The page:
I also discussed with summit participants industry’s civic responsibility to save lives from distracted driving, and implored them to act boldly and act now. As an example, parents could be given tools to limit distractions for their teenage drivers so their son or daughter can’t talk on the phone, text or update social networking sites while driving. We’ve also heard from plenty of experienced drivers who want the same ability to limit their own smartphone’s functionality while they’re behind the wheel. And many employers are seeking ways to prohibit their employees from texting or talking while driving company cars.
Mobile device-makers, software developers, automakers and wireless carriers could — and should — implement widely available, accessible and seamless solutions that prevent distractions from our smartphones. It’s no secret that I believe companies must fight the urge to feed into consumers’ need for connectivity, without taking into account the safety implications. We all know the car is a unique environment. It’s not a park bench or a subway station. That’s why, for everyone’s safety, the driver’s attention is needed on the road.
I have spent significant time working to prevent distracted driving. To me, this is a critical public safety issue that requires involvement from all sectors if we are to achieve an all-of-the-above solution. If car companies, smartphone manufacturers, wireless carriers and software developers have the tools to join in this solution — and they’ve said they do — then I believe they should help focus drivers on the road ahead.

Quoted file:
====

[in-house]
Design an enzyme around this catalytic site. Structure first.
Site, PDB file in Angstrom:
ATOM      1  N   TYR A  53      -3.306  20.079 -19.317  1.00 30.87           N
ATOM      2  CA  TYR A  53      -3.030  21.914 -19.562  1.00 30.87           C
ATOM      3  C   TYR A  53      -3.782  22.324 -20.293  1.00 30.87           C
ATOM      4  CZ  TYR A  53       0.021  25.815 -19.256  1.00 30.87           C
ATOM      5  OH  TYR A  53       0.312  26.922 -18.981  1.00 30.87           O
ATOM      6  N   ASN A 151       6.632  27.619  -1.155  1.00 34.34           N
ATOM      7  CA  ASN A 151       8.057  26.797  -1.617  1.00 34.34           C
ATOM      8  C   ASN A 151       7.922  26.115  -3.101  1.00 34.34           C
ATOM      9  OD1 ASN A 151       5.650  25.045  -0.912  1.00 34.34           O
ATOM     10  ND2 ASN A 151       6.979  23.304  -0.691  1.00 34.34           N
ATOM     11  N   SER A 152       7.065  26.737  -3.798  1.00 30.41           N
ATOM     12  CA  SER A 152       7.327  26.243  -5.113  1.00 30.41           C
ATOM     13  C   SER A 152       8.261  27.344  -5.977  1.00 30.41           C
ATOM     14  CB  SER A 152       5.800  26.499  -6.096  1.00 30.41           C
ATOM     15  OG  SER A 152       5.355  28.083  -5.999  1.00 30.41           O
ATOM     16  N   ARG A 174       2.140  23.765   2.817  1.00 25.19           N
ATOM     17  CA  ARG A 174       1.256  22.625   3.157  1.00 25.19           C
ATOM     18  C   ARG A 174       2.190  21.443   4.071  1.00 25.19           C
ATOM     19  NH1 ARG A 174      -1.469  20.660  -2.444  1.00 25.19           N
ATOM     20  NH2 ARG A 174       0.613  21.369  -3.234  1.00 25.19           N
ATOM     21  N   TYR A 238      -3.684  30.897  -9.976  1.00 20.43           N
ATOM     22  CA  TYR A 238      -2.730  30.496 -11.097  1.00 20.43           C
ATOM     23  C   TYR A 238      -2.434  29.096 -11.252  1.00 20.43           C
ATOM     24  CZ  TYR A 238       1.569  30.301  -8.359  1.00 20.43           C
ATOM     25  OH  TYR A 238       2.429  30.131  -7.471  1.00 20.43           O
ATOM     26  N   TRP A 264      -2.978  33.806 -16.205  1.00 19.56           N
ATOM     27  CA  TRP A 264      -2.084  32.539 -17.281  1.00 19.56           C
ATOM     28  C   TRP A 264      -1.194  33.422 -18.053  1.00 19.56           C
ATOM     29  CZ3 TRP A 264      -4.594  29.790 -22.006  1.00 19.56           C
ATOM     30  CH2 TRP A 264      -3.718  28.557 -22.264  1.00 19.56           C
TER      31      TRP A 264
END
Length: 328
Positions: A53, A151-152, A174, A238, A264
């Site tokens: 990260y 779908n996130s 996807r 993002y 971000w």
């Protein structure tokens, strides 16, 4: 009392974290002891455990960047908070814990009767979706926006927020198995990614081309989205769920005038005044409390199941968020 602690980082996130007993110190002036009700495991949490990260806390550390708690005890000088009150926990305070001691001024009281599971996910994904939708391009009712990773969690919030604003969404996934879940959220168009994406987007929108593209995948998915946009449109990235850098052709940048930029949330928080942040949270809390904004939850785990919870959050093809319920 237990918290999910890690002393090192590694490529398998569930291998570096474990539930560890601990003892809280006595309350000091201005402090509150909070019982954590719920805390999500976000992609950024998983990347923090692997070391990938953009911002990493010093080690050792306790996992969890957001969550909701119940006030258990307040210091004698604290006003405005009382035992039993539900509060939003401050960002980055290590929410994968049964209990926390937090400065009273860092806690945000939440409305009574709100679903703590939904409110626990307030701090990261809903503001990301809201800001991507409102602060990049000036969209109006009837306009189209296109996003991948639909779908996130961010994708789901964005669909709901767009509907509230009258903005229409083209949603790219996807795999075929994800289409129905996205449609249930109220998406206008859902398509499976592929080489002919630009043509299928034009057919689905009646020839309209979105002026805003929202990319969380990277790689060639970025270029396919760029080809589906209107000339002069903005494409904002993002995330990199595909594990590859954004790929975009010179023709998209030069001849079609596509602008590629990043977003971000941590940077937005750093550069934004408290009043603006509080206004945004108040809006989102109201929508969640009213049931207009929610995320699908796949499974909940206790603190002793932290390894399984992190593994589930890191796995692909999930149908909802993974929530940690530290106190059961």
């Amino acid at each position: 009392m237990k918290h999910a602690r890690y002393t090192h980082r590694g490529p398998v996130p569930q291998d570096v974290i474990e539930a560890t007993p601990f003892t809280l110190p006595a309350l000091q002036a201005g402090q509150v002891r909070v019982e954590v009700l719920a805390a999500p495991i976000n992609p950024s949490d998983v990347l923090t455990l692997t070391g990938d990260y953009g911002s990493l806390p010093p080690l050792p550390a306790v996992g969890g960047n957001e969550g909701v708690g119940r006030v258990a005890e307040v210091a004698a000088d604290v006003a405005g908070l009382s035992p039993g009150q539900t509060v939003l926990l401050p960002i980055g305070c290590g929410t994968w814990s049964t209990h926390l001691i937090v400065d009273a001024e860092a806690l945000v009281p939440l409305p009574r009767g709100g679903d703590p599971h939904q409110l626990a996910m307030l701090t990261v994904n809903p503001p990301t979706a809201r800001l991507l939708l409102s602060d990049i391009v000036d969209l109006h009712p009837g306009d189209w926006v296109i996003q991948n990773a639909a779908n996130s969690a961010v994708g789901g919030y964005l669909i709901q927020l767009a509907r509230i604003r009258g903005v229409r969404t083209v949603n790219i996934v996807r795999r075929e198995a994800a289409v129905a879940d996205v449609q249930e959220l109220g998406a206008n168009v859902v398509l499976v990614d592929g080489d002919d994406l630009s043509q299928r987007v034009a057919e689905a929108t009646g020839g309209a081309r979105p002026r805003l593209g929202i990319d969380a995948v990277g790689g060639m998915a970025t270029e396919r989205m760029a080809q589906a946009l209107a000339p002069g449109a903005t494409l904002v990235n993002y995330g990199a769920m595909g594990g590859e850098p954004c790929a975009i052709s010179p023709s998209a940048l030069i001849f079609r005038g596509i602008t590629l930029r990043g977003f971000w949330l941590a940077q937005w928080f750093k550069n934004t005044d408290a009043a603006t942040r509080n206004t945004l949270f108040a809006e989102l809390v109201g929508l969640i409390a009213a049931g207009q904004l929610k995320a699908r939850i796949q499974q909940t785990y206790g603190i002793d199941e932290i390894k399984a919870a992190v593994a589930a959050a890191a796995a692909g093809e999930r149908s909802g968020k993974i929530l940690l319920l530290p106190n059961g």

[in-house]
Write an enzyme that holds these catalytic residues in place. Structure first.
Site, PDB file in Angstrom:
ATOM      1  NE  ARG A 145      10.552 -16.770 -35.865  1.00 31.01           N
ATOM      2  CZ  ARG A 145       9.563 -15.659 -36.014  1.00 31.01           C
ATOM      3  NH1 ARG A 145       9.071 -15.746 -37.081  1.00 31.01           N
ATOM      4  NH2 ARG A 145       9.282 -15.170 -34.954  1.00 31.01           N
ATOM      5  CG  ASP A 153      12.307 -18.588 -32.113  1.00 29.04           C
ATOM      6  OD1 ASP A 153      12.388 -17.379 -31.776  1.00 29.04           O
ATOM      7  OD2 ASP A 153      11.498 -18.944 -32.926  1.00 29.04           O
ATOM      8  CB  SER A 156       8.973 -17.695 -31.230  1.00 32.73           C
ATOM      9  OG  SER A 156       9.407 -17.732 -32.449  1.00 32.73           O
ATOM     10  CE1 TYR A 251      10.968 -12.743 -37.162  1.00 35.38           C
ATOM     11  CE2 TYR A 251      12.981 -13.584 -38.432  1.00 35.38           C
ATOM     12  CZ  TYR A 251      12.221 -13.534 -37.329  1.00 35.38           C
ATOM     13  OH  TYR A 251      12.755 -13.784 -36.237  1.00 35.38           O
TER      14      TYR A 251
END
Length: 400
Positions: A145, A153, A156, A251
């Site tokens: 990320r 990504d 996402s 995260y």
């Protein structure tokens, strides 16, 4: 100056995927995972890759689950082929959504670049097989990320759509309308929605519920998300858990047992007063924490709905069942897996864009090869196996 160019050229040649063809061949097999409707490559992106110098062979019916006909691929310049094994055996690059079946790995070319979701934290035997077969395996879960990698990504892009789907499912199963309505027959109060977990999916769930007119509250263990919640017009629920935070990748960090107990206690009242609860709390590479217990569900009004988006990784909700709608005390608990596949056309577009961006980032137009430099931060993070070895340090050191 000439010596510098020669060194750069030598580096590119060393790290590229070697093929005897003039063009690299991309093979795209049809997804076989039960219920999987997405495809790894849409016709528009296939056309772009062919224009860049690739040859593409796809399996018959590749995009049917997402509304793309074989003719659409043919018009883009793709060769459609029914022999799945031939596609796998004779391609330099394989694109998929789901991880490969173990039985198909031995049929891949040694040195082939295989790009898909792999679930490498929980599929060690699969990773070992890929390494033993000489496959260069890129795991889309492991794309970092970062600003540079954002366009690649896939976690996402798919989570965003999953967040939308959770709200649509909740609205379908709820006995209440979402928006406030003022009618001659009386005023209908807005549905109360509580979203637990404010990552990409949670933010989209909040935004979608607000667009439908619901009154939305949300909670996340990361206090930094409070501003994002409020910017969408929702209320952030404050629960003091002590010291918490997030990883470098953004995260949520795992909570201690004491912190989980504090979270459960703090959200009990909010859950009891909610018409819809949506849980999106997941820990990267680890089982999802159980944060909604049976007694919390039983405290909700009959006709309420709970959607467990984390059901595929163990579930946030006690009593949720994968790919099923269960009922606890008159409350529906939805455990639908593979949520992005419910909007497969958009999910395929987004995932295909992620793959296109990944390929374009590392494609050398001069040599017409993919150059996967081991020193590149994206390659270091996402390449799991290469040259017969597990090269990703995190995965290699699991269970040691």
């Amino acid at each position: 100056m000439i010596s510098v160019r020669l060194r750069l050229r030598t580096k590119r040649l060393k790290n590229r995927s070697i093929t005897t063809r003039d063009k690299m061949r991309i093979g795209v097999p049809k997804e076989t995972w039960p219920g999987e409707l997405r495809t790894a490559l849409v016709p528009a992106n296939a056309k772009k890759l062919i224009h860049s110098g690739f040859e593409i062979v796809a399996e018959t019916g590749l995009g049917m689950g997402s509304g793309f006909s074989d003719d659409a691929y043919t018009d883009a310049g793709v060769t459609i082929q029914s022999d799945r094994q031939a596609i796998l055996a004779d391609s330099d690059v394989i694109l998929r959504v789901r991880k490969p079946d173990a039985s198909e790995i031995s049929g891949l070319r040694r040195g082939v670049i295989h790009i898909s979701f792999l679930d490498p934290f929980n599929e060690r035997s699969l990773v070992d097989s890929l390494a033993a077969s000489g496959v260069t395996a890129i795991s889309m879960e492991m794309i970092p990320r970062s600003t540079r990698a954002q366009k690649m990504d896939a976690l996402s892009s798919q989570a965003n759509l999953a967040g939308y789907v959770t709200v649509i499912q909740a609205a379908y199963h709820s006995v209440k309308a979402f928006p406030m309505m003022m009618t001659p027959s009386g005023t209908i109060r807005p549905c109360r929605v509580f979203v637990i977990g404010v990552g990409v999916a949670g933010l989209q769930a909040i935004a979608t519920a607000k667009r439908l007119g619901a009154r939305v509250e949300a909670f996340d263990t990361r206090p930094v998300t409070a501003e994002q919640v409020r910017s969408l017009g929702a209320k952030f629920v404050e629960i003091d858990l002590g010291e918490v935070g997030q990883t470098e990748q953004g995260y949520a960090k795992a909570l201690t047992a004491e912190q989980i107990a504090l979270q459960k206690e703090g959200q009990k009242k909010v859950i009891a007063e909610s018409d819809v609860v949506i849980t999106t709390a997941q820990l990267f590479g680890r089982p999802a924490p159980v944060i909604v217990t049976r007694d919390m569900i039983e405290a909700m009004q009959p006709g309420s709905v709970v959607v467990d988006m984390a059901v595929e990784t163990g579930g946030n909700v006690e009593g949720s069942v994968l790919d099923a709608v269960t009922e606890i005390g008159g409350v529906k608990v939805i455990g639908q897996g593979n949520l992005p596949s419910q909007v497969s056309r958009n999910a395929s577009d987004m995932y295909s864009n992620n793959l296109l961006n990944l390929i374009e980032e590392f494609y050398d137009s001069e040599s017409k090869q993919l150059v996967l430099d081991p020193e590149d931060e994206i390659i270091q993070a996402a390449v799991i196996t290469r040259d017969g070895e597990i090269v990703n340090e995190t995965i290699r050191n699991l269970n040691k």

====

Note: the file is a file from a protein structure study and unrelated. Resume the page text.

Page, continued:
Sen. Jay Rockefeller, D-W.Va., is chairman of the Commerce, Science and Transportation Committee.
Vice President Joe Biden waits to conduct a mock swearing-in ceremony with Sen. Brian Schatz, D-Hawaii, in the Capitol's Old Senate Chamber, December 2, 2014. Schatz was sworn in to serve the remainder of his term since he was appointed to the seat after Sen. Daniel Inouye, D-Hawaii, passed away.